Apricot and chocolate rugelach

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The best thing about them is that they are low in sugar and easy to make. The worst thing is that you can’t stop eating them. If you love your cookies very sweet then you should add 1-2 tablespoons powdered sugar to the dough. We love the contrast between the slightly salty dough and the sweet filling. It’s like a toast with butter and jam but moist and flaky.

Apricot and Chocolate Rugelach
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Ingredients
  1. For the Dough
  2. 2.5 cups (250g) spelt or all-purpose flour (plus for dusting the dough)
  3. Pinch of salt
  4. ½ cup + 1 tablespoon (125g) cold unsalted butter, diced
  5. ½ cup greek yogurt (125g/4.4oz )
  6. For the Filling
  7. ¼ cup any jam you fancy
  8. ¼ cup walnuts, chopped roughly
  9. ¼ cup chocolate spread or melted chocolate
  10. (You can mix the chocolate with the jam)
Instructions
  1. Put the flour, butter and salt in a food processor fitted with a plastic blade. Pulse a few times to combine.
  2. Add the the yogurt and pulse until a dough form. The dough should feel moist and soft (but not sticky). Gather and knead it into a chunk. Divide the dough into two equal portions and flatten into thick discs. Wrap each disc in a plastic wrap and refrigerate for at least 1 hour or overnight.
  3. Preheat oven to 175C/350F degrees and line two baking sheets with baking paper.
  4. Remove one disc of dough from the refrigerator, unwrap it and place it on a lightly floured work surface or baking paper. Dust the top of the dough lightly with flour, then roll it with a rolling pin into a 25cm/10” circle, about an 3mm/ ⅛ inch thick. If the dough is sticky, sprinkle more flour.
  5. Using a pizza cutter or sharp knife, cut the dough into twelve equal wedges. Spread the filling over the dough and sprinkle the nuts. Roll each wedge up, beginning with the wide end and ending with the point. Place the cookies point-side down, about 2.5cm/1inch apart, on the prepared baking sheets. Repeat with the remaining dough.
  6. Bake for 20-25 minutes, or until the tops are lightly golden and the bottoms are golden.
  7. Let the rugelach cool on a wire rack.
Shelly's Humble Kitchen http://www.shellyshumblekitchen.com/

Caramelized oranges covered with chocolate

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img_5830-copyimg_6061“What else can we make –beside orange marmalade and orange juice – with all the oranges we steal?” Continue Reading…

Finca Son Mico, Sóller, Mallorca

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Imagine you’re doing a hike when suddenly, in the middle of nowhere, you see a sign:

Tartes, Quiches, Zumo, Cafe

I don’t know about you but I was ecstatic when I saw it.

Now that live in Mallorca, I can hike anytime to Son Mico. Each time I walk there I feel grateful and alive. Not only because I get to eat Ines’s delicious cake but also because I am in nature, surrounded by stunning landscapes, breathing fresh air and exercising my body.    Continue Reading…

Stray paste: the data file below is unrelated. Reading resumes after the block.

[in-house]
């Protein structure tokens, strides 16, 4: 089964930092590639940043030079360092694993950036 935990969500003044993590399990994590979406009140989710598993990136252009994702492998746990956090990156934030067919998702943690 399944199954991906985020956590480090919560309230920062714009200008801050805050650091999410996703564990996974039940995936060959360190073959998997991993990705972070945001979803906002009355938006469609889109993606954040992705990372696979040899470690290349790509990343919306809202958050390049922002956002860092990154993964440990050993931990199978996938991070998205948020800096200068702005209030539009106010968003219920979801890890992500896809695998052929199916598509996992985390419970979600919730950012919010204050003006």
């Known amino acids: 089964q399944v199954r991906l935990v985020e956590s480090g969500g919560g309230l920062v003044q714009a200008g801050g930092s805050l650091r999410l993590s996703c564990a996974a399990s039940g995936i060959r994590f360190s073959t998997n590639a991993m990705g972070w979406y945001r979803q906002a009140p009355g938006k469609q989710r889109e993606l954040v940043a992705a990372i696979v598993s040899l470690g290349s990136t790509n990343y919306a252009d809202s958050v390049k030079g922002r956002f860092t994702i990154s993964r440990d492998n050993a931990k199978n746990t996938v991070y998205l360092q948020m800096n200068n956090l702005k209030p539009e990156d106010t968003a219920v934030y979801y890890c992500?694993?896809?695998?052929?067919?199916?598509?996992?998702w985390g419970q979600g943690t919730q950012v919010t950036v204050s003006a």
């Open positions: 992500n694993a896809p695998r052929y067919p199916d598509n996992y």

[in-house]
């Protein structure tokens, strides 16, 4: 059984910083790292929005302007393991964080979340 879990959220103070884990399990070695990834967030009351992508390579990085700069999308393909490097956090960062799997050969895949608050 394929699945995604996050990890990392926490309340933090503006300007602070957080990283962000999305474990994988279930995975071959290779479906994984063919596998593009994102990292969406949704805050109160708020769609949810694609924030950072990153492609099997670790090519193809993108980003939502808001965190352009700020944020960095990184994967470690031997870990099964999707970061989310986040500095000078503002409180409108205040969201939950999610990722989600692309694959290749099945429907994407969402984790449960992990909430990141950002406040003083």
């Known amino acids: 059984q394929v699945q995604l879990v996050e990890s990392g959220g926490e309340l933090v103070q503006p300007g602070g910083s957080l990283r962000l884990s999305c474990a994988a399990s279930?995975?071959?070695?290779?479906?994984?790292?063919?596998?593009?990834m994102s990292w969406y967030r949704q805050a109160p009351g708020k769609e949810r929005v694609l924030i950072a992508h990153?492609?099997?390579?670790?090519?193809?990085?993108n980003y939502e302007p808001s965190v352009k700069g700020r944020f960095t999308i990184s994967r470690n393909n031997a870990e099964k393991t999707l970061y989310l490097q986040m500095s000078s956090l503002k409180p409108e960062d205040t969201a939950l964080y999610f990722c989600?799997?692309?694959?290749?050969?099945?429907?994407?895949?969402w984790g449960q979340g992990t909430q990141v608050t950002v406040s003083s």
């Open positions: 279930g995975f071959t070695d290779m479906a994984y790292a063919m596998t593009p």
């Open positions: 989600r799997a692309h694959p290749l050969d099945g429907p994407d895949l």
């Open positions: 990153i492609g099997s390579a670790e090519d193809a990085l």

cauliflower & herb salad

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20160424-img_122920160424-img_120320160424-img_120620160424-20160424_144314-copy20160424-img_1253-copyCauliflower is such a boring veggie, right? It is – unless you roast it like this, or chop it finely and make a beautiful, rich salad, like this one. I promise, after you try these recipes, you’ll start cooking it more often.  Continue Reading…

New-York Style Bagels

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FYI, You do not need New York water to make New York-style bagels. It’s a myth. Any tap water will do. Bagels are not a New York invention. They were made by European Jewish immigrants long before they arrived in New York. Continue Reading…

The highlights of our road trip through Tuscany

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After my mother confirmed that she was coming to visit in July, I immediately started to search for cheap airfare somewhere in Europe (I normally use Google Flights or Skyscanner). It’s been a while since Z and I travelled without our boys. I knew I wanted to fly to Italy but wasn’t sure where in Italy. I found a round trip ticket from Palma to Bologna for €60 so I booked it. I didn’t know much about Bologna, beside that it’s a university town and that it hosts a large children book fair. I had a feeling it would have good vibe and good food. I thought about Rome but I heard that the summer there it’s too hot and too crowded. Continue Reading…

Beet soup with vegetable dumplings

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A shower thought:

If there’s a Vegetarian Festival in Phuket, a Herring Festival in Denmark, a Pizzafest in Naples, and a Dumpling Festival in Hong Kong, then there should definitely be a Kubbeh Festival in Jerusalem. (I even have a name for it: “Kubbebah,” which is what Jerusalemites call the fried kubbeh dumpling.) It would be a gastronomical experience for locals and tourists. All the foodies I know would love to spend an autumn evening in Jerusalem, walking around the city and trying different variations of kubbeh and kubbeh soups. (There are many kinds  in Israel, including Kurdish, Iraqi, and Turkish). These Middle Eastern dumplings need to be introduced to the rest of the world.

I wonder if Nir Barak, the mayor of Jerusalem, and Yotam Ottolenghi, the informal representative of Jerusalem cuisine, would love my idea as much as I do. Continue Reading…

Florence, Italy

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While browsing my pictures folder, I bumped into the photos from our trip to Florence last summer, which I had completely forgotten about. Although we were there for only a couple of days, we managed to see a lot, eat (mostly) Italian pastries and gelatos, and take quite a lot of pictures.

People who know me know that I am a serial city lover. I fall in love with any city that has a bit of culture and plenty of good things to eat. So, of course, I fell in love with Florence on my first visit – anybody would – but the difference between me and most people is that I immediately want to move in and spend the rest of my life there. If Z hadn’t insisted on sticking with the plan to move to Mallorca, I would probably have started to look for an apartment in Florence. Continue Reading…

potato and herb salad